THE MISEDUCATION OF CAMERON POST, US, 2018. Starring Chloe Grace Moretz, Jennifer Ehle, Sasha Lane, Forrest Goodluck, Kerry Butler, Dalton Harrod, John Gallagher Jr, Christopher Dylan White. Directed by Desiree Akhavan. 91 minutes. Rated M (Mature themes, sex scenes and coarse language)
The title clearly indicates that something is wrong.
Cameron Post is a teenage girl, still at school, living at home with her guardian. She has a girlfriend and they are being prepared for prom night, dresses, make up, photos… The boys come calling. However, Cameron is not an enthusiast about the prom. She is in love with her girlfriend.
This is a film about sexual orientation, same-sex orientation, teenagers facing their orientation, hiding it, experiencing shame. When the girls are caught by the boys, Cameron is sent off to a re-education institution, for re-orientation, for, as is said, being de-gayed, confronting gender confusion. However, this is a Christian-based institution, with quotations from Matthew’s Gospel and, powerfully at the end, St Paul’s comments about his own experience with torment and the thorn that he asked God to be rid of (interpreted here in sexuality terms).
The facility, as it is called, is run by a brother and sister. The brother, Rick, has been re-oriented from being gay. His sister has a doctor’s qualification and runs everything by herself. At one stage, and the audience is possibly thinking this, there is a question as to what qualifications they actually do have and whether they are making things up as they go along. Jennifer Ehle brings the charm from her other roles but turns it into a sweet-smiling but iron-controlling personality. And the question is asked about what accountability the brother and sister have for their initiatives, for the course, for their control.
Chloe Grace Moretz, in her late teens, has had a very successful film career. She is convincing as a girl who is confused, made even more confused by the re-orientation, puzzled by the appeal to God, remedies based on overcoming sin, and stating eventually that she was tired of being disgusted with herself, something that the course re-emphasises.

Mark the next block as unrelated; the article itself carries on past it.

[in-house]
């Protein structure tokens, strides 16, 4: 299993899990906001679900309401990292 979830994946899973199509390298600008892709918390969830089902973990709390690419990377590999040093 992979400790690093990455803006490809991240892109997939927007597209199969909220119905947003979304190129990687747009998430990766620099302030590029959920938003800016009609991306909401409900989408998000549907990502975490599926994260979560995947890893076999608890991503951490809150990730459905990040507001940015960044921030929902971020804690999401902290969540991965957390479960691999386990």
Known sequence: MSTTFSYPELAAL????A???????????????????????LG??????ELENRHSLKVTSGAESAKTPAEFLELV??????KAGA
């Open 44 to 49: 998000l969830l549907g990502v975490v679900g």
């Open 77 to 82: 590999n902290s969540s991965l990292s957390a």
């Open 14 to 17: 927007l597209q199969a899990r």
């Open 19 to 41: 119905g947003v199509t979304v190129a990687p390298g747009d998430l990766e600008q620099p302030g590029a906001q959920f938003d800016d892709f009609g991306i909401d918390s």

The treatment of the facility is particularly American, echoing something of a cult, with a kind of Pentecostal enthusiasm, with TV programs which are ultra-zestful in the name of God, and some approaches to aversion therapy.
Cameron is allotted a roommate who is very earnest, says all the right things, tries to do all the right things, but is unaware (as the audience actually is) that she really is not changing in her orientation. There are group meetings and we are introduced to a range of those participating in the course including a chubby young woman who wants to sing but has a low self-image, a rather arrogant young man, a young man whom his father labels as effeminate who is driven to drastic physical action against himself. Cameron bonds with two of the members, Jane (Sasha Lane), a rather tough-minded young woman and Adam, Forest Goodluck, earnest and a good friend.
By these years in the early 21st century, such programs have generally been discredited although they are supported earnestly by those who believe that such re-orientation is possible and, especially by homophobic people who consider that it is essential.
The film has a comparatively brief running time, focuses on female same-sex relationships principally, invites the audience to understand as well as empathise with the young women, also invites the audience to be critical of those running the program, raising the questions and leaving the audience to reflect on possible answers. (A forthcoming film, Boy Erased, raises the issues in terms of male-male orientation.)
Rialto films Released September 6th
Peter Malone MSC is an Associate of the Australian Catholic Office for Film and Broadcasting.